PURPOSE: To support policy ensuring that federal consent decrees are narrowly drafted, limited in duration, and respectful of state and local interests and policy judgments.
WHEREAS, in a growing number of cases involving state and local governments across the nation, consent decrees have become a means by which federal judges make policy decisions that are best left in the hands of state and local officials; and
WHEREAS, consent decrees can remain in place for decades and lock-in policies that were agreed to by state and local officials who are no longer in office; and
WHEREAS, newly-elected state and local officials often inherit overbroad or outdated consent decrees that limit their ability govern and respond to the priorities and concerns of their constituents; and
WHEREAS, existing procedures discourage current state and local officials from trying to modify or terminate a consent decree, even where such a decree no longer represents the best approach for local communities; and
WHEREAS, in one recent example, reforms to Tennessee’s Medicaid program – proposed by the governor and approved by the state legislature in 2004 – were blocked in federal court because they ran afoul of consent decrees dating back to 1979, and only some of the reforms were permitted to go forward, resulting in increased costs for taxpayers and the loss of coverage for many Medicaid enrollees; and
WHEREAS, in another example, consent decrees have forced the Los Angeles County Metropolitan Transit Authority to spend 47 percent of its budget on buses, leaving just over half the budget to pay for the county’s remaining transportation needs; and
WHEREAS, in a further example, special education in New York City has been governed by a consent decree since 1979, thwarting efforts by successive mayors and schools chancellors to implement new reforms and updated policies for implementation of the Individuals with Disabilities Education Act (IDEA); and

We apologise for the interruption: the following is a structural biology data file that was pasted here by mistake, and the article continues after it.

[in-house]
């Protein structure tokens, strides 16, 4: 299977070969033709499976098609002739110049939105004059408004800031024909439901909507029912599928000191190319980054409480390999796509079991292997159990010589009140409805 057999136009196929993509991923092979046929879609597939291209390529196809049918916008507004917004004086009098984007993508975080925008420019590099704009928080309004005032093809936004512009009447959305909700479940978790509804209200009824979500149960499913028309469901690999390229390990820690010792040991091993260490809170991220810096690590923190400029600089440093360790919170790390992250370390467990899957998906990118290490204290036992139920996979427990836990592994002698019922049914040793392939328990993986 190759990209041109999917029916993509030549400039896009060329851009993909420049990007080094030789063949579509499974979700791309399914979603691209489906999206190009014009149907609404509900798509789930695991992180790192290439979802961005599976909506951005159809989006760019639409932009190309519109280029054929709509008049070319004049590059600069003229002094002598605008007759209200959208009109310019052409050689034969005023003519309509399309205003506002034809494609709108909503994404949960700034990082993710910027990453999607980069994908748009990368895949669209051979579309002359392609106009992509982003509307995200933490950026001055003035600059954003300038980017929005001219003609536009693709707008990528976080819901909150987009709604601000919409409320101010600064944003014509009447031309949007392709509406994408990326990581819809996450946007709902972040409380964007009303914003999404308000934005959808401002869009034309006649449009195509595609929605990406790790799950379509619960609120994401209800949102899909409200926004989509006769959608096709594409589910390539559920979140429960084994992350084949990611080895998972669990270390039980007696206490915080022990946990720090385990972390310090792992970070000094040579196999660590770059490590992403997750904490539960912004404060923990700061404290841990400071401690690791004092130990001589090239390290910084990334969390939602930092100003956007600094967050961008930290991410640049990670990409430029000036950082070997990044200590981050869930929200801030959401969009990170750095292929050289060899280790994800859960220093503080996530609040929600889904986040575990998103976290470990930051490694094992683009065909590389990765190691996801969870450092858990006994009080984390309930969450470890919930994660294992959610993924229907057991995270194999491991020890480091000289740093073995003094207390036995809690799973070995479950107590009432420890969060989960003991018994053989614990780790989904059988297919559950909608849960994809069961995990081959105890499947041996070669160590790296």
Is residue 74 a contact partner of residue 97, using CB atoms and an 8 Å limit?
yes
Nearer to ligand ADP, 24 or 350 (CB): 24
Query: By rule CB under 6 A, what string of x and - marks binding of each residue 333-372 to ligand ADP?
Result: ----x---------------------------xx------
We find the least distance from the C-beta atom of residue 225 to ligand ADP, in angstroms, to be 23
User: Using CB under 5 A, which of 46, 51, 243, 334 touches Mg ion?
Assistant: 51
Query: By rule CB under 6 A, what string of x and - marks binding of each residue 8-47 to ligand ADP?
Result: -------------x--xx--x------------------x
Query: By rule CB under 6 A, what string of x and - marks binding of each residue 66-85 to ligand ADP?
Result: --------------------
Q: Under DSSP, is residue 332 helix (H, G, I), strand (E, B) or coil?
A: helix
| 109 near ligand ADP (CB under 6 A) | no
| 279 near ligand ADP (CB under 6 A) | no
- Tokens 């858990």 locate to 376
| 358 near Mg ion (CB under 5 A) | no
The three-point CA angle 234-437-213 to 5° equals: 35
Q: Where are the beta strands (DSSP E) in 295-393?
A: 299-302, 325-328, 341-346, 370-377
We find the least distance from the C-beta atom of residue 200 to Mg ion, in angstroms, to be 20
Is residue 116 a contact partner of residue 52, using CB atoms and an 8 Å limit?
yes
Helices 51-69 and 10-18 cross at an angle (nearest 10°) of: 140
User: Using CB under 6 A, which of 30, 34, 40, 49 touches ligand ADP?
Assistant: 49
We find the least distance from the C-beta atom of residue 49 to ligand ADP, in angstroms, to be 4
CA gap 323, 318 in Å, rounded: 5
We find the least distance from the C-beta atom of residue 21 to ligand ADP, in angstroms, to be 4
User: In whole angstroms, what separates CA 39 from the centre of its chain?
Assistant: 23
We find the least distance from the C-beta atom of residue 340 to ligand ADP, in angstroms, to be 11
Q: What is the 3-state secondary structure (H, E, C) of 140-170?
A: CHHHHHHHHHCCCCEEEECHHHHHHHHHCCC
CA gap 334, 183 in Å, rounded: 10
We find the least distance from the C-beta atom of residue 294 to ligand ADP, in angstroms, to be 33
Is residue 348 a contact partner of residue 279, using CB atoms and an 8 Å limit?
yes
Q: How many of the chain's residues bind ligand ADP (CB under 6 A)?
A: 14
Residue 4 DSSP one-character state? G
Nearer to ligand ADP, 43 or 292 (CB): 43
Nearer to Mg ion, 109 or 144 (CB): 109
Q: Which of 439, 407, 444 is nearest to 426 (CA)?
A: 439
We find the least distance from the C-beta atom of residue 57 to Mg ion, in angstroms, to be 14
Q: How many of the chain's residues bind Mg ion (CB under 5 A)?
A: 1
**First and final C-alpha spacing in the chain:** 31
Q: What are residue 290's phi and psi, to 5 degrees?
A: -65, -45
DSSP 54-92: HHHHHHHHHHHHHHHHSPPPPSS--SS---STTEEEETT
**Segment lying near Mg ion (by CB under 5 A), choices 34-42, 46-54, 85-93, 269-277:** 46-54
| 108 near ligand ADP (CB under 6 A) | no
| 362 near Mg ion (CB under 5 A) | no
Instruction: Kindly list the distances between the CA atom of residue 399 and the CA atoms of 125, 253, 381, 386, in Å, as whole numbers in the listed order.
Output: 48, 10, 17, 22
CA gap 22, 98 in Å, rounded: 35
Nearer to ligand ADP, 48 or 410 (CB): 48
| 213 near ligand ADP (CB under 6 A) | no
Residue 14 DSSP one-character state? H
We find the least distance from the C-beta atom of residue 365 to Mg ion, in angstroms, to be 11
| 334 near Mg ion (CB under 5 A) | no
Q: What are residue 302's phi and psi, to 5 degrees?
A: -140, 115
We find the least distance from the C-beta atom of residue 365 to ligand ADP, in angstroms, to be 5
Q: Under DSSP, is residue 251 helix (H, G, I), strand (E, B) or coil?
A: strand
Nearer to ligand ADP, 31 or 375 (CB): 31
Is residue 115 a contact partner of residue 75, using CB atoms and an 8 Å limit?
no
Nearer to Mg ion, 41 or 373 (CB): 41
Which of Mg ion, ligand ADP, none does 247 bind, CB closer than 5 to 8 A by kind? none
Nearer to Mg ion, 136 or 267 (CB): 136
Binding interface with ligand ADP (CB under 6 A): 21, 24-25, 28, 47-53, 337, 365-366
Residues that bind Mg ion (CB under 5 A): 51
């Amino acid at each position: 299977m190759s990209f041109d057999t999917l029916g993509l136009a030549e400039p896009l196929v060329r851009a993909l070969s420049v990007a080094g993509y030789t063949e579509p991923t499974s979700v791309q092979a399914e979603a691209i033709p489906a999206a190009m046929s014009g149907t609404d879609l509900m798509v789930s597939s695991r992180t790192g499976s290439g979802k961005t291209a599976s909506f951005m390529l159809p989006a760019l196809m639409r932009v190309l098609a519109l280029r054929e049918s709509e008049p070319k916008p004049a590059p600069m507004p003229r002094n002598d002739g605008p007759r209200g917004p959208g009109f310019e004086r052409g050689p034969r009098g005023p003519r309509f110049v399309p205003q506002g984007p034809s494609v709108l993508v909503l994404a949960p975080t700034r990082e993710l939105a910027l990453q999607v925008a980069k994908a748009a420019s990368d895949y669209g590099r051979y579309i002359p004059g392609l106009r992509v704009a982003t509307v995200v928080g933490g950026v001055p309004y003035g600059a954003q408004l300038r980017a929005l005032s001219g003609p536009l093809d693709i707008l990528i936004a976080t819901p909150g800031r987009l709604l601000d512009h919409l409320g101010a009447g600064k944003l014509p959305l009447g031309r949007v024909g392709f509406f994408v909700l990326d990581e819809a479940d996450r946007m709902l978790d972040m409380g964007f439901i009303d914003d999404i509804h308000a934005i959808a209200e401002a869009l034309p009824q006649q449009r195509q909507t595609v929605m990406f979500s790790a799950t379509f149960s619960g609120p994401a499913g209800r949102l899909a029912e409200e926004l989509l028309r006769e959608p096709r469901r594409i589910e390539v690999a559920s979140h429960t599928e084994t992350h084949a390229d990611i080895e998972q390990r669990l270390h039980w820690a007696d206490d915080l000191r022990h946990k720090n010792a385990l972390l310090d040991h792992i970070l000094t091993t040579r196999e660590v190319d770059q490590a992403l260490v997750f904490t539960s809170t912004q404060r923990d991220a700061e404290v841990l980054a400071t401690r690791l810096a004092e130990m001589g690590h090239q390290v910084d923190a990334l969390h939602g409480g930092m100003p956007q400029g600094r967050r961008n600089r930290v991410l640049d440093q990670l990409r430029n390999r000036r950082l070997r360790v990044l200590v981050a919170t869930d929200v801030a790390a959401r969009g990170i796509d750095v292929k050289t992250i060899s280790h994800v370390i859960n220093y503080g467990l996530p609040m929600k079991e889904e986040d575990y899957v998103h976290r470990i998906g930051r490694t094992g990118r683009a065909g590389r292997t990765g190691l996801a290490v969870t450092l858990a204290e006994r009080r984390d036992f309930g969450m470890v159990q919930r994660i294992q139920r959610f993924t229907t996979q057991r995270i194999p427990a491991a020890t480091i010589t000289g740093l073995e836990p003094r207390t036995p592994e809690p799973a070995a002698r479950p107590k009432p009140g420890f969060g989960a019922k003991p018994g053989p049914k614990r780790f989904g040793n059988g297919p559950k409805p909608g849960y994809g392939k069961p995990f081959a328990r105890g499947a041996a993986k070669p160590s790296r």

WHEREAS, in Frew v. Hawkins, 540 U.S. 431 (2004), the U.S. Supreme Court – while upholding the consent decree in question – expressed its concern that consent decrees may “improperly deprive future officials of their designated legislative and executive powers,” which may lead to “federal court oversight of state programs for long periods of time even absent an ongoing violation of federal law.”; and
WHEREAS, beneficial reform would address weaknesses in the current system while preserving consent decrees as a mechanism for settling legal disputes; and
WHEREAS, ALEC supports a three-pronged approach to address these weaknesses by: (1) allowing a state or local government to file a motion in federal court to modify or vacate a consent decree after four years or after the state or local official who provided consent leaves office, whichever comes sooner; and (2) after a motion to modify or vacate a consent decree has been filed, shifting the burden of proof to the plaintiffs to demonstrate why management of a program should continue to rest with the court rather than be returned to hands of elected officials; and (3) setting out a series of findings, based on the U.S. Supreme Court’s decision in Frew, to provide guidance to federal courts to ensure that for future consent decrees are narrowly drafted, limited in duration, and respectful of state and local interests and policy judgments; and
WHEREAS, this legislation goes to the very heart of democracy, in that citizens are entitled to elect state legislators and other leaders to make policy decisions and do the business of governing, and federal judges are neither public policy experts nor accountable to the electorate for the choices they make.
THEREFORE BE IT RESOLVED that the American Legislative Exchange Council supports the principle that federal consent decrees should be narrowly drafted, limited in duration, and respectful of state and local interests and policy judgments.
Approved by ALEC Board of Directors on August 2006.
Reapproved by ALEC Board of Directors on January 28, 2013.